Are you ready to find out if your brain is blocking you from losing weight?
Ellen Weinman’s Story
I think my food journey started at birth. I was born six weeks prematurely, weighing two pounds and eleven ounces. There are no pictures of me until I was about three months old because I looked like a “plucked chicken,” as my mother would tell me. The early pictures show a plump and happy baby, so I filled in quite nicely.
Fast forward to my pre-teens: I remember cleaning the dishes from the table by eating the leftover food on everyone’s plates. There was always dessert at dinner and sometimes treats later, like trips for ice cream and late meals out for Italian food. Being Jewish, food was the center of our lives. Birth, death, religious celebrations—they all revolved around food. I was a late baby. My brother and sister were six and eight years older than me, respectively, so we didn’t play together. I didn’t have many friends growing up and I spent a lot of time alone. Food was my friend, my comfort, my entertainment.
By the age of fourteen I weighed 150 pounds. I was not my full height yet (I am 5’5″), and I often wrote in my journal about how fat and unhappy I was. I remember my aunt offering to send me to a doctor, but I’m not sure if I refused or my parents declined. Either way, nothing changed and by the time I graduated high school I was up to 185 pounds.
Then my yo-yo dieting began—Weight Watchers, Lean Line, Medifast, Hollywood, cabbage soup diet, liquid diets, Atkins, Diamond—if I wasn’t dieting, I was overeating and binging in between. I also developed clinical depression and began using antidepressants on and off over the years. I was never able to get below 165 pounds before I gained it all back. I would think to myself, “Boy, that 150 pounds I weighed as a teen—I wish I could see that again!” The only time I kept the weight off for more than a couple months was after my divorce—revenge improvement! But of course that did not last either.
I remarried in 1988, weighing 189 pounds at the time. The yo-yo dieting continued, my cholesterol was not pretty, and I was noticing my A1c was creeping up. I was back on antidepressants and I was miserable. I tried Weight Watchers again in September 2015 and somehow (thank heavens!) came across the Susceptibility Quiz that Susan had released online. I watched the videos and knew I was a food addict (I am a 7 on the scale), but could not fathom giving up sugar and flour. As my Weight Watchers program progressed, I realized I was heading down the same old path, eating more and more “points” in the sugar and flour categories. So I took the plunge with the January 2016 Boot Camp.
I started Bright Line Eating at 171 pounds and hit my goal weight of 143 pounds on May 14, 2016. I was the most thrilled when I passed the 150-pound mark—a lifelong, fifty-year trek! I started at a size 16/18 and ended at 8/10. I lost a total of 16.25 inches and I look forward to celebrating my 63rd birthday in August as a Happy, Thin, and Free woman!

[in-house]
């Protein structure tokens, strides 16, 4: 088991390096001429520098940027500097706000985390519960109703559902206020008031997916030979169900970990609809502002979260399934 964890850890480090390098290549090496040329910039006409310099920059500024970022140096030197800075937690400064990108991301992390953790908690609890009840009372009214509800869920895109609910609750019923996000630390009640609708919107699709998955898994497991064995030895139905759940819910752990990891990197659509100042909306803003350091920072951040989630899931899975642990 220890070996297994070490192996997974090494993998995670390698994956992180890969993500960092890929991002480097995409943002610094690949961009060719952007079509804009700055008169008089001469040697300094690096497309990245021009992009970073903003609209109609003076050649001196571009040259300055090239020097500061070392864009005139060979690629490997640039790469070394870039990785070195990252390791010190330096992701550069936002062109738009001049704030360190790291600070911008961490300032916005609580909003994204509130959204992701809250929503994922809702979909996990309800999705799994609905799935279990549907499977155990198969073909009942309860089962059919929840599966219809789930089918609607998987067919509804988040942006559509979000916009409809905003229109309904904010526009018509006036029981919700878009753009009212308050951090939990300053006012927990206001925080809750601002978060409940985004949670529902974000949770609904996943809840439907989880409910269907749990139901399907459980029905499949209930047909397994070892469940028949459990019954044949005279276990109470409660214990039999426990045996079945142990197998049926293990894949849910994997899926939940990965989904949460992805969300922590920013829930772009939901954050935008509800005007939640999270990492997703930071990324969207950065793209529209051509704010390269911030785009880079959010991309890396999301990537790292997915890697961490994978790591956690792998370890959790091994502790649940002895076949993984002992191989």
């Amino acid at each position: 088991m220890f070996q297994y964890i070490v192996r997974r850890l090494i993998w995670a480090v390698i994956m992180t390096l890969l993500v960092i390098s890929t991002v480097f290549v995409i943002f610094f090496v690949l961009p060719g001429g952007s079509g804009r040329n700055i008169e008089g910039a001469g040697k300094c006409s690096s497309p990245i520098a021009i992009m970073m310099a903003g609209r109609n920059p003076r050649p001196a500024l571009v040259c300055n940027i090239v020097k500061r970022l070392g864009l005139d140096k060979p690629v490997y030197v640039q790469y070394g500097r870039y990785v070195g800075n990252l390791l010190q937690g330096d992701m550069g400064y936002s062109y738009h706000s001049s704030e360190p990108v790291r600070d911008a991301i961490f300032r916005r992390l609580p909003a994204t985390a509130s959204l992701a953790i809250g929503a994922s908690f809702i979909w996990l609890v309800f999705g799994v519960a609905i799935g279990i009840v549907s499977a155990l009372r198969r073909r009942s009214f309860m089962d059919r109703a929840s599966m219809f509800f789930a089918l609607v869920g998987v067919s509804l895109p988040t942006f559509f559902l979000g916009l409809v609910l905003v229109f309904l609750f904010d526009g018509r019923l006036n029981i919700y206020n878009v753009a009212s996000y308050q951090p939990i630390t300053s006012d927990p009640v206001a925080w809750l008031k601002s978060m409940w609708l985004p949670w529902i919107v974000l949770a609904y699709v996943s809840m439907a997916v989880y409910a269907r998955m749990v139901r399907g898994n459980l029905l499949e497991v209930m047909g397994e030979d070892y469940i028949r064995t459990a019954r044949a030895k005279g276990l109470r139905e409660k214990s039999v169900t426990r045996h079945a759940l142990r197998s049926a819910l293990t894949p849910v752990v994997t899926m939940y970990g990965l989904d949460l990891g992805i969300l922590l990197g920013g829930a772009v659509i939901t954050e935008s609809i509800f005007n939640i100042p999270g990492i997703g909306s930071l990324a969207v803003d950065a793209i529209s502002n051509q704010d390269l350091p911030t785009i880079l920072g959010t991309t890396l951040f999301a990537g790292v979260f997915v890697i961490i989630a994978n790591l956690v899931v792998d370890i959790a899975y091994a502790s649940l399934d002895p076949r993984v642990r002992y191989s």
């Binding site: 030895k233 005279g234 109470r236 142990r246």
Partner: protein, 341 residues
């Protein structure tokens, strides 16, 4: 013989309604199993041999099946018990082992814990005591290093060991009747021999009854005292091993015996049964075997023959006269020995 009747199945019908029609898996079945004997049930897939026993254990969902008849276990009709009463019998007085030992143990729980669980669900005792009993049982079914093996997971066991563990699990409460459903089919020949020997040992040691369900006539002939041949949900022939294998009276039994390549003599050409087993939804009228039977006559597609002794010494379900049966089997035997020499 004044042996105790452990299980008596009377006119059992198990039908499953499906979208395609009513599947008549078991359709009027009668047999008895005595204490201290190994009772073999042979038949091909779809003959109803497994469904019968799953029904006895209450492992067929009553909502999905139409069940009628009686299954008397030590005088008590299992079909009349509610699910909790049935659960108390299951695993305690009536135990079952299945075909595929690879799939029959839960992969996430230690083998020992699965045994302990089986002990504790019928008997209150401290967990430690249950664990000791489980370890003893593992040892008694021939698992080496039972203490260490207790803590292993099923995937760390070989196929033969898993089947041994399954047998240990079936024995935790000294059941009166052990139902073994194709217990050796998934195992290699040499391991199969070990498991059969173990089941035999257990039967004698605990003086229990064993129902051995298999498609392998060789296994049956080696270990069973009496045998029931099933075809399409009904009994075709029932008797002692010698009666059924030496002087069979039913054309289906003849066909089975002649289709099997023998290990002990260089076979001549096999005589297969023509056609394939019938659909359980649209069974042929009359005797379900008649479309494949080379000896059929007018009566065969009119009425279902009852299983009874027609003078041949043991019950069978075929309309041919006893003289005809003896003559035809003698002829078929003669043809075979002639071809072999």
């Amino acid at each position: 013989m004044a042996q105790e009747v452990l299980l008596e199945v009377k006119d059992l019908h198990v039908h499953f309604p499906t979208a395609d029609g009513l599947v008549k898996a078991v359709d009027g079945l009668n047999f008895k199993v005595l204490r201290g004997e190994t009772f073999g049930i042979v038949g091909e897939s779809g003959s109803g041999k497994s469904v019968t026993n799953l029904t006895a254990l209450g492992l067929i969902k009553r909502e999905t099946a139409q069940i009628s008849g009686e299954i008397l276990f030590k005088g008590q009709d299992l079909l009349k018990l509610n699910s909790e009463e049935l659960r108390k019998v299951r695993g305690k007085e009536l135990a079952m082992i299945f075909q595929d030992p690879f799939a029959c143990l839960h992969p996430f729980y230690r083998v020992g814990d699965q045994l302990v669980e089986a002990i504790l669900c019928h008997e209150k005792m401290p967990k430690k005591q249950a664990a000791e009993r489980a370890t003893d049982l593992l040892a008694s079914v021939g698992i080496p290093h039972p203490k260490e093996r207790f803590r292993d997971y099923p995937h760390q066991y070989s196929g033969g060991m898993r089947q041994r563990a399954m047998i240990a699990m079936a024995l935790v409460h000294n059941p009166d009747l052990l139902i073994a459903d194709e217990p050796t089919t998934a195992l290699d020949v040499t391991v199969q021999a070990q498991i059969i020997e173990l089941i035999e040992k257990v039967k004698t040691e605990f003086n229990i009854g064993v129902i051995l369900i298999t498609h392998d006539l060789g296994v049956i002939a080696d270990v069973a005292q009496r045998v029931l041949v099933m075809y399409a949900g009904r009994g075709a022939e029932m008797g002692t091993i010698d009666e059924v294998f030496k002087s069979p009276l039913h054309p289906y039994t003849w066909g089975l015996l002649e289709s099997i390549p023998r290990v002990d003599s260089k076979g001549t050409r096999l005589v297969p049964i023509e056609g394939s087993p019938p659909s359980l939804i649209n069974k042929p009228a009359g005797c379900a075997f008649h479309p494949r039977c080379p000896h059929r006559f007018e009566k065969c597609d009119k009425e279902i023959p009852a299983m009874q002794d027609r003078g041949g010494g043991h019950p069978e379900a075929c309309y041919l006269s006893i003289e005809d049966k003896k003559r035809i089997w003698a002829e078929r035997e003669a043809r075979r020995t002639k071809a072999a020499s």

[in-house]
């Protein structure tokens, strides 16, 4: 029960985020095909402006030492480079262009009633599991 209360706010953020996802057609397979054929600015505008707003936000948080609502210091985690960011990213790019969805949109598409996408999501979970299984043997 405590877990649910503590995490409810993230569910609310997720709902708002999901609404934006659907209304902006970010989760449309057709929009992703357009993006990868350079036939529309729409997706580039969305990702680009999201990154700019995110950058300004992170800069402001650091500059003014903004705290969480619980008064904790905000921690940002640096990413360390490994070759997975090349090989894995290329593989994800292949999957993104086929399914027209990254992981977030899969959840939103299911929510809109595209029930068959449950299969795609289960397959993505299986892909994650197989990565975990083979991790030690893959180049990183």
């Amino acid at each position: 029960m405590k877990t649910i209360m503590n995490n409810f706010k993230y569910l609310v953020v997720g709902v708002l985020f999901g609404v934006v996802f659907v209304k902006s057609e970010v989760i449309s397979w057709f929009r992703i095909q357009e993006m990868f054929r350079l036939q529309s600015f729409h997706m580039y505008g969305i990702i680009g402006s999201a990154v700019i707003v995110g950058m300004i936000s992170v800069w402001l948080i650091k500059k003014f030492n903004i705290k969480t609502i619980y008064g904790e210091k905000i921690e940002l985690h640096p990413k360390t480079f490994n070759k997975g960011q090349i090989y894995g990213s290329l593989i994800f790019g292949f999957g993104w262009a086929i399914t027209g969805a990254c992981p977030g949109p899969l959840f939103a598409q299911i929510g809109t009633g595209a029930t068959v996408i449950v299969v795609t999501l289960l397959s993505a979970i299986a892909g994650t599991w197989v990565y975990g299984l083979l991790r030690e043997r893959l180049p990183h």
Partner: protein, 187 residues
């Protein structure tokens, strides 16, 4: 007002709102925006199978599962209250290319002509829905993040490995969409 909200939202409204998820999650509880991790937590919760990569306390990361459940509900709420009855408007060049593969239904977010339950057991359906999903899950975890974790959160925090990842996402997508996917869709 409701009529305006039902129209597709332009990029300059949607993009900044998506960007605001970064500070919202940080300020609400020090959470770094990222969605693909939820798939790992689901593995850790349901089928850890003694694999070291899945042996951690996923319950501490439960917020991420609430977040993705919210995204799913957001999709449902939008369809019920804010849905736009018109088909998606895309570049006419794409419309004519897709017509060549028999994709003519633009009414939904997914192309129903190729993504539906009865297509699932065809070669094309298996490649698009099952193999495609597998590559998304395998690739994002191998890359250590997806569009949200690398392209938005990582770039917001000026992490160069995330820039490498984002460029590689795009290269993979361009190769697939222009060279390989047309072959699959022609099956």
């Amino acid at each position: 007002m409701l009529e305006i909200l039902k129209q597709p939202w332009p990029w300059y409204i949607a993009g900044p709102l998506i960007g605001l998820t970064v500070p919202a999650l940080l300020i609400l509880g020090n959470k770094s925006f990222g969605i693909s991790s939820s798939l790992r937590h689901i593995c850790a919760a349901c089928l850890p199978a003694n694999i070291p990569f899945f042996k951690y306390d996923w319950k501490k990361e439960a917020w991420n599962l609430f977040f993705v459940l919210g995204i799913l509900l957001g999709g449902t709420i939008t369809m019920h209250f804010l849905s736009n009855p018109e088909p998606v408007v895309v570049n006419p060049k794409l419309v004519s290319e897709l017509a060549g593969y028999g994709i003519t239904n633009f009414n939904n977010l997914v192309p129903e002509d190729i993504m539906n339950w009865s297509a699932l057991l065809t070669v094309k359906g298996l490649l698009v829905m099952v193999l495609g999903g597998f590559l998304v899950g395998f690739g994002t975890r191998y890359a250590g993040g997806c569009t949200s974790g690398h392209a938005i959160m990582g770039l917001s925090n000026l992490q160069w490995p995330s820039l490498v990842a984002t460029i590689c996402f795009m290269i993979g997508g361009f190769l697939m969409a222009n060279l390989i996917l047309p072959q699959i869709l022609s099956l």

Have I been perfect? No. I’ve had many blips and did some “research” (eating off the food plan on purpose to see how I could handle it), but I’ve resumed every time. I love that the program is based on positivity, not punishment; you can start over and not wallow in sadness or hate—just “rezoom” with love. I think my connections on Facebook have been crucial to my success. My Mastermind group has really helped with getting past some “trips down the rabbit hole.” But what I love the most (besides my body!) is my brain freedom—peaceful, no cravings, no obsession over food. I only wish I found this ten years ago!
The coaching during the Boot Camp (and now in the Bright Lifers program) always provided me with some nuggets of useful information. It’s always interesting to hear about other people’s struggles and identify with them; it cements the unity I feel with them and also reinforces that I’m truly not alone in my journey.
From a medical standpoint, my bloodwork has improved (cholesterol, HDL, and LDL), my thyroid medication for hypothyroidism has been reduced, and I’m no longer taking antidepressants. I also haven’t needed to use the medication for my rosacea for almost a month.
I love the clarity, calmness, and peace in my brain. I love that I’m not thinking about food all day…that the voices which used to argue with me about what, when, and how much to eat, or negotiate with me, saying, “Eat this now and you can have that later,” are gone. I’m calmer in my life and some of the people around me have noticed how it has improved my work. Most importantly, I truly have begun to love myself, smile at my reflection, and express that self-love to others.
If you have any thoughts at all that you might have an addictive relationship with food—if you find yourself binging on food, if you hide your eating habits from others because you’re ashamed, if you find you think about food all day—you will most likely benefit from this program. As scary as it may seem to give up sugar and flour, I cannot emphasize enough how absolutely wonderful the feeling of freedom is when you lose the brain fog, the cravings, and the craziness around food. Simply put, it is the best decision I have ever made. After trying and failing diets for fifty years, I now know—absolutely know—I will never gain the weight back and I’ll be living my life Happy, Thin, and Free!